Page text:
We have all been exposed to wisdom, but we have not all chosen to live by it. I was exposed to wisdom at an early age. My mom taught it to me. She taught me some very practical principles that have served me well over the years.

For example, she taught me to appreciate a job that had been done well when she said to me and my brothers, “If you’re going to kill each other, do it outside. I just finished cleaning the house!”

She taught me about the importance of prayer when she said, “You’d better pray that comes out of the carpet.”

She taught me the principles of advanced logic and to look at the future consequences of choices when she said, “If you fall out of that tree and break your neck, don’t come running to me.”

I miss my mom.

Wisdom has been defined as the activity of intelligence, meaning it is the practical application of knowledge. But that definition falls short of what true wisdom really is. True wisdom is the proper activity of intelligence. The activity of knowledge may not always be wise. Someone who acts upon their knowledge of crime is not wise. Similarly, a driver who knows what red lights mean but chooses not to properly apply that knowledge is going to be in a serious accident. Wisdom is the proper application of knowledge.

Where do we begin our search for understanding of what’s proper? According to Psalm 111:10, it all begins with the fear of the LORD.

The word fear in this passage has a dual meaning. It’s primary meaning describes the terror one feels when their life is at great risk and they have no control of the outcome. Imagine what you would be experiencing if you were free falling from 10,000 feet with no parachute, or if you were standing unarmed in the path of a charging grizzly bear. The fear of the LORD begins with such terror of the awesome power of Almighty God and an honest evaluation of our frailty before Him.

The moral meaning of the word fear describes the awe we feel when we stand before something or someone majestic. I get that feeling every time I see a great waterfall cascading over a mountain cliff. I know that the force of the water could destroy me, but it’s power is balanced by its beauty and from a distance I stand in reverence and respect.

That is what it means to fear the LORD. His power terrifies us, but His beauty – His grace, mercy, and love – causes us to worship Him with reverence and respect. It is at the point of conflict between fright and faith that wisdom begins. The combined knowledge of God’s power and grace results in the understanding of what is proper. Such understanding will result in following His precepts. To be wise is to obey God. A wise person is a doer, and not a hearer only.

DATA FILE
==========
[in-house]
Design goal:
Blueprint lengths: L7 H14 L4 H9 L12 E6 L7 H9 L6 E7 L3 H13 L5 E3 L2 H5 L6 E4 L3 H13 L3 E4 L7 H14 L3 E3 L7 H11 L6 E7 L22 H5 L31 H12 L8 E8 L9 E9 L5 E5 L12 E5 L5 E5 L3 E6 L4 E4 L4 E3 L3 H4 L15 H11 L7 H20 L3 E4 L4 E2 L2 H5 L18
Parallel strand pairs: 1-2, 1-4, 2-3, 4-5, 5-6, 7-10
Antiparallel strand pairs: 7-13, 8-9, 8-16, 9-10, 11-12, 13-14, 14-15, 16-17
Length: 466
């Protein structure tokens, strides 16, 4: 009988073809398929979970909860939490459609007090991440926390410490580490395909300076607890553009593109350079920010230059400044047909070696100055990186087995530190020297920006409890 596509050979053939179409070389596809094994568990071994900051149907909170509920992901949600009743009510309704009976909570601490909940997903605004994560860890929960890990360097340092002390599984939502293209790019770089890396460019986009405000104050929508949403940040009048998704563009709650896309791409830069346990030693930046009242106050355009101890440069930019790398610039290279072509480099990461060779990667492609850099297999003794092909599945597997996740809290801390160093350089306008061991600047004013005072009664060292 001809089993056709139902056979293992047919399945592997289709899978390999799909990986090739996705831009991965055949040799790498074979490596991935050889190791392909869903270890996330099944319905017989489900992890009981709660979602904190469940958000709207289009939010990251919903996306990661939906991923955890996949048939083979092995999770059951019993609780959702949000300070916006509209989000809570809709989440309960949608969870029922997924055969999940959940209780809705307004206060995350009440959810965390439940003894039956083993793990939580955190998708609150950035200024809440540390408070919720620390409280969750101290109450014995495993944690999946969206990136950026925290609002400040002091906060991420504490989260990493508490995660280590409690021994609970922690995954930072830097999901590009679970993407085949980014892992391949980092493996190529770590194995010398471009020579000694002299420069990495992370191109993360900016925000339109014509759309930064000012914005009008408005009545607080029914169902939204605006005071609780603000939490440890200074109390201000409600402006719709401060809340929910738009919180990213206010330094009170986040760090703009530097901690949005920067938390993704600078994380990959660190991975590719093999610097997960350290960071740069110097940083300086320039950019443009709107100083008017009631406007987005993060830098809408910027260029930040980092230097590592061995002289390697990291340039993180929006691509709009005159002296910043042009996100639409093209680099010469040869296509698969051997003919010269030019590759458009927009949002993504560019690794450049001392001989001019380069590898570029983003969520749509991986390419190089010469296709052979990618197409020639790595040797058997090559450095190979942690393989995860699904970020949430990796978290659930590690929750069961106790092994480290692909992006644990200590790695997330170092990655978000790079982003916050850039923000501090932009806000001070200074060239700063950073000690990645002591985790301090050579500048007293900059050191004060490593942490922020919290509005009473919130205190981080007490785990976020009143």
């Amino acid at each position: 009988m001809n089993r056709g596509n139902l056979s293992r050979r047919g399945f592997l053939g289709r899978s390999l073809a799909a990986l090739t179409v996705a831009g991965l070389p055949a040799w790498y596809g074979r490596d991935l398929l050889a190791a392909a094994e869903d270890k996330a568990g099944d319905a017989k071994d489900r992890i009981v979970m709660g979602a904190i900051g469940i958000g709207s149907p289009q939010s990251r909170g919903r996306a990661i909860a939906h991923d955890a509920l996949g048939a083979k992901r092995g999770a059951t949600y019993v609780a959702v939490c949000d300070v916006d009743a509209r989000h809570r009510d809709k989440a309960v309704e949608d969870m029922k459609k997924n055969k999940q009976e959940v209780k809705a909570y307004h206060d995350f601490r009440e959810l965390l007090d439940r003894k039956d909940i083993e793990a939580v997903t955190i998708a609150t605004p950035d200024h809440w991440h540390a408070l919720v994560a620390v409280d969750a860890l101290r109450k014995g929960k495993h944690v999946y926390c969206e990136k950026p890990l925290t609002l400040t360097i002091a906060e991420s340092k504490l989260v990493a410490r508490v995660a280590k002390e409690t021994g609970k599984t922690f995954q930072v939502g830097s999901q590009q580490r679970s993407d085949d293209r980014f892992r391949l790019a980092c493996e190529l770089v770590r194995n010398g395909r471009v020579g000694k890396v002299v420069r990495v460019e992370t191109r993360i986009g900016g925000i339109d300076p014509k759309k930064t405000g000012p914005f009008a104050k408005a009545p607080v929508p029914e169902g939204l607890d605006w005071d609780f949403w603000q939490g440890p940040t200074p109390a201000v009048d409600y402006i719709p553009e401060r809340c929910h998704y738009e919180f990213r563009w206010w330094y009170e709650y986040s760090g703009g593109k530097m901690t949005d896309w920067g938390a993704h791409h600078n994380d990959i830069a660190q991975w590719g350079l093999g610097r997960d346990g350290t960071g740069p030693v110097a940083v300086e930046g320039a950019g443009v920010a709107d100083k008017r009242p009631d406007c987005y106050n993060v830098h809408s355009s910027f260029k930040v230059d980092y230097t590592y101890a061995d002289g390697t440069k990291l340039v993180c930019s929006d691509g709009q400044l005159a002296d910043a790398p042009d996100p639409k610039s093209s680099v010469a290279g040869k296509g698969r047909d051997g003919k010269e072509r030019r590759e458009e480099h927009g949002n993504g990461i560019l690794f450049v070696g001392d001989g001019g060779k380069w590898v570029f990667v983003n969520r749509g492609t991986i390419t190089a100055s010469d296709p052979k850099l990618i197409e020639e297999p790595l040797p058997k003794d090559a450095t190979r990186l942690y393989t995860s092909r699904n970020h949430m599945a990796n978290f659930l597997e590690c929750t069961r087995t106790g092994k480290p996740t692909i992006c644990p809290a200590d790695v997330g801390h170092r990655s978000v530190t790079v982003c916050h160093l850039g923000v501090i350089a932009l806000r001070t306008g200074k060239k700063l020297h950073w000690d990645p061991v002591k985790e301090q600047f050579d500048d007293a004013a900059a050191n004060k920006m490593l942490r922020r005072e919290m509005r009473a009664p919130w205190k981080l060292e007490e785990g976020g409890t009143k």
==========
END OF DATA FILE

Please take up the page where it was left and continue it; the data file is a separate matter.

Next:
Andrew Murray, in a Christianity Today article entitled With Christ in the School of Obedience says it this way.

The true pupil, say of some great musician or painter, yields his master a wholehearted and unhesitating submission. In practicing his scales or mixing the colors, in the slow and patient study of the elements of his art, he knows that it is wisdom simply and fully to obey. It is this wholehearted surrender to His guidance, this implicit submission to His authority, which Christ asks. We come to Him asking Him to teach us the lost art of obeying God as He did …. The only way of learning to do a thing is to do it. The only way of learning obedience from Christ is to give up your will to Him and to make the doing of His will the one desire and delight of your heart.

Wisdom starts with a proper fear of God. Because we are in Christ, we no longer fear His condemnation, but we worship Him in reverence of His grace that saved us. We also continue to stand in awe of His power and authority over life and death, and His right to condemn those who don’t know Him. We must still feel the awesome terror of Almighty God. It not only reminds us of the marvel of our salvation, but it motivates us to serve Him and spread His love and grace to those who are still subject to His wrath. As we do, we will be truly wise.

Pastor John

Our One Mission

LifeLink Devotional
Friday, October 27, 2017
Psalms 110:1 – 3 The LORD says to my Lord: “Sit at my right hand until I make your enemies a footstool for your feet.” The LORD will extend your mighty scepter from Zion; you will rule in the midst of your enemies. Your troops will be willing on your day of battle.

The 110th Psalm is what we call a “Messianic” Psalm – it is a prophecy of the coming Messiah named Jesus. While He was on this earth, Jesus quoted from this Psalm to prove to the Jewish religious leaders that the Messiah would be the Son of God and not just some political hero. (see Matthew 22:42-46) In fact, this Psalm seems to indicate that the Messiah would have very little if anything to do with political and social reformation. His Messianic work would be spiritual in nature, and His followers should have the same focus.